Auhea outou E KA POE HAWAII 1839

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Auhea outou E KA POE HAWAII 1839

Postby Boki » 2007-06-23, 1:47

No ta mea, ua hoopaapaa mamua ihonei to Farani me to Havaii no ta malama ole i te Kuitahi, ua hele mai maanei ta mea i tatauia ta inoa malalo, ta Ademirala de Tromelin, me ta manaolana no e hooponopono ia mea, me ta oluolu a me te aloha; nolaila ua noi atu oia e halavai pu me te’Lii nui a me tona poe tutatutamalu, i mea e hoatataia’i malaila me ta oluolu na tumuolelo o na aoao elua. Ua hoole mai na Kuhina o te’Lii, ta poe i hooleia mamua no ta latou hana paevaeva ana a me te tumuole, e na Kanitele o na aina nui o Farani, o Amerika Huipuia, a me Beritania, i ta la 13 o Dec. 1848, imua o te’Lii no. Nolaila, o ta mea nona ta inoa i tatauia malalo, hai atu no oia ia latou i tona manao hope; hoole hou mai no ua poe Kuhina nei. No ia mea, ua laveia na mea kaua o teia ava e na mea itaita o Farani. E mau no nae ta Hae Havaii i teia manava a mahope atu no. Aole manao ta mea nona ka inoa i tatauia malalo e lave i ta aina, aole hoi e noho totua; e haalele tote atu no te aeia mai na pono a pau ana i noi atu ai. Paa nae tona manao e malama i na pono o na Haole a pau o tela pule o teia pule, o tela aina o teia aina. Ma na mea e pili ana i to Farani, o te Kuitahi i aeia i ta matahiiti [sic] o ta Haku 1839, e Cap. Laplace, oia te tumuhna [sic] me teia Aupuni, a e lite me te ano o ua Kuitahi la, elima hapa haneri no ta utu Dute no na vaivai kalepa a pau mai Farani mai, e hooleiia ma uta nei.

Legoarant de TROMELIN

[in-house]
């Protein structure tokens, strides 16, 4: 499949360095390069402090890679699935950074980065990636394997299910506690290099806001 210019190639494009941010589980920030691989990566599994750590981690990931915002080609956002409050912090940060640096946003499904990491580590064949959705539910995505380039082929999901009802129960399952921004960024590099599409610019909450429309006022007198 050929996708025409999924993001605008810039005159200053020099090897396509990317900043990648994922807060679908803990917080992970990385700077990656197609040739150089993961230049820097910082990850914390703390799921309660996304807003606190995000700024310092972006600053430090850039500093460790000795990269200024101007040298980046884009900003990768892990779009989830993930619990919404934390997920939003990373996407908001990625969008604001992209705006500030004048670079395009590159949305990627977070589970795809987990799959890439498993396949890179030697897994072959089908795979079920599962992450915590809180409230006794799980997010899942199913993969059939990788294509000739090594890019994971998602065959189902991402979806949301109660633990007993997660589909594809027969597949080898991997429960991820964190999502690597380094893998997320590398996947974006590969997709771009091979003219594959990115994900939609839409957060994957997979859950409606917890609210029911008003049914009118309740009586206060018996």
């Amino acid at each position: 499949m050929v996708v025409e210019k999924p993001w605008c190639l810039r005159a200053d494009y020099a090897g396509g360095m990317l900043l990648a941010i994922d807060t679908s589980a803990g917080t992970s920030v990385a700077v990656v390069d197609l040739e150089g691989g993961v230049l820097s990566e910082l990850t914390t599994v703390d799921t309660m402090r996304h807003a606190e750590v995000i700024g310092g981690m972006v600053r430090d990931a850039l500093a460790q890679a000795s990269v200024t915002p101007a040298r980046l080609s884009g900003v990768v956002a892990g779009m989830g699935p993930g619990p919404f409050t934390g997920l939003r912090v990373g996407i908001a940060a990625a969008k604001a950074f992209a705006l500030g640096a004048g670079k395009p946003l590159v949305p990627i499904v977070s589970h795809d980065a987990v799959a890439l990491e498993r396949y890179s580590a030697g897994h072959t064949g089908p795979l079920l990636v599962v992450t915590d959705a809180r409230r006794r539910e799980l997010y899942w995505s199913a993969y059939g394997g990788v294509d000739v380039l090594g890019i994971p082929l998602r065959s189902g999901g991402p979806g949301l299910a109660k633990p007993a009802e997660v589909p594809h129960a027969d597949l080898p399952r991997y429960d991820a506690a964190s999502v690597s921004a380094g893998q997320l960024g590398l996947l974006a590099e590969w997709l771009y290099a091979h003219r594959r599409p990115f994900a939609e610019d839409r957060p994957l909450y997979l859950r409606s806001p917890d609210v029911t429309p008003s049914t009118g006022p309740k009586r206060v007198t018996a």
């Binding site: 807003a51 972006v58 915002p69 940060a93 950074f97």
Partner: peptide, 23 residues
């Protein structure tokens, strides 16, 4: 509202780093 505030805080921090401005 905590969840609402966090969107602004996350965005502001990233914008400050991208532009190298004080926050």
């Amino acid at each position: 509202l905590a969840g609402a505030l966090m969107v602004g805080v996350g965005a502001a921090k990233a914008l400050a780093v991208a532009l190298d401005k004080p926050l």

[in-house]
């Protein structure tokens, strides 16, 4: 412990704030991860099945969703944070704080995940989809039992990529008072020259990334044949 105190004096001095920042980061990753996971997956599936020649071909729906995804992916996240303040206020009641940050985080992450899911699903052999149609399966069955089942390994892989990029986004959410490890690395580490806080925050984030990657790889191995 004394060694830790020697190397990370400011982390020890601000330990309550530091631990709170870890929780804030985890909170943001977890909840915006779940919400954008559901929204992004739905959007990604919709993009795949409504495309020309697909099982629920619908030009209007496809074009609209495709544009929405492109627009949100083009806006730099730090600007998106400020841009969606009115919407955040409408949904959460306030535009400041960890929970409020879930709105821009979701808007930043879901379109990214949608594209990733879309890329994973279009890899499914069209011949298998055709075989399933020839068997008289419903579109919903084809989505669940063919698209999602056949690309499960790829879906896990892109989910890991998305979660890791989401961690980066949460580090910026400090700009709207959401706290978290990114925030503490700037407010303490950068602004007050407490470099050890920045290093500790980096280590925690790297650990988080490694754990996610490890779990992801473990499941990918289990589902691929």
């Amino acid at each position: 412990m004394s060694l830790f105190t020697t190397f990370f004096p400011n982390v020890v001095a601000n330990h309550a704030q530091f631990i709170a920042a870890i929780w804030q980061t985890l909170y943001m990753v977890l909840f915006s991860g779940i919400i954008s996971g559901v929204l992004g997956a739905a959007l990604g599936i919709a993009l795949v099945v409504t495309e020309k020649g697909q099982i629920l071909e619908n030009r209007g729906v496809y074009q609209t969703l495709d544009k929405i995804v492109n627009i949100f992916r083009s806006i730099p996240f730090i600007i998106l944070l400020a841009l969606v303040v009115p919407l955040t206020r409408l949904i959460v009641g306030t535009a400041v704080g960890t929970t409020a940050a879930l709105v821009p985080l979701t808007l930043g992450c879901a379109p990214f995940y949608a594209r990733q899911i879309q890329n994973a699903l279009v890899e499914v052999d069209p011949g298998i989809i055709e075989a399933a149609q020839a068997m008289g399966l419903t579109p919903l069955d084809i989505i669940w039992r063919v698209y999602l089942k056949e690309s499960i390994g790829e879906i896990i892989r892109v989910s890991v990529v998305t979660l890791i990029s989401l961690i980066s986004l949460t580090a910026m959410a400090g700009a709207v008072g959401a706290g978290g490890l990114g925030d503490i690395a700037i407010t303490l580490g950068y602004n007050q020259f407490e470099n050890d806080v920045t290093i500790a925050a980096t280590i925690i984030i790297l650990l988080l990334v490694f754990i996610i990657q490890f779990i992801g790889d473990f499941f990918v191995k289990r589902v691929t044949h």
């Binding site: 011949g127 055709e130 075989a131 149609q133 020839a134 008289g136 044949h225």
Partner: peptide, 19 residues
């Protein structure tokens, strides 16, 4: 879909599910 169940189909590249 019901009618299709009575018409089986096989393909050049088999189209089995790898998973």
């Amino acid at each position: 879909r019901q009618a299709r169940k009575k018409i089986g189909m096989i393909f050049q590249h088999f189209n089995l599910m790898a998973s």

Rear Admiral.

PROCLAMATION ADDRESSED TO PEOPLE HAWAIIEN

A misunderstanding being raised between France and Hawaii, result of the not-observance of a treaty, the undersigned, Admiral de Tromelin, arrived here, full with goodwill and friendship, in the hope to level these difficulties. For this purpose, it requested an audience of the King, accompanied by his private advisers, in order to examine in all equity the reasons advanced by the two sides. The Ministers for the King refused with this conference, these ministers whose arbitrary and anticonstitutional acts had already forced the consuls of large nation-France, the United States of America and England-with complaining with the King himself, on December 13, 1848. Following this refusal, the undersigned regarded as his duty to send an ultimatum. He was also rejected by these same advisers. Consequently, the French forces took possession of the military installations of the port. The flag hawaiien continues nevertheless to be deployed, and will continue to be it, the undersigned not having any intention to occupy or annex this country. It will set out again at once that one will have reached his right requests. Its firm intention is also to protect the interests from all abroad, with some religion or some nationality which they belong. With regard to the French interests, the convention signed by the captain Laplace, the year of the Saver 1839, will form the base of our relations with this country. According to the clauses of this treaty, the tax taken on the French goods, some nature which they are, will be five percent, in place of the current tax.

Legoarant of TROMELIN.

Rear Admiral.

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Postby Mamo » 2007-06-23, 9:25

Auhea outou E KA POE HAWAII 1839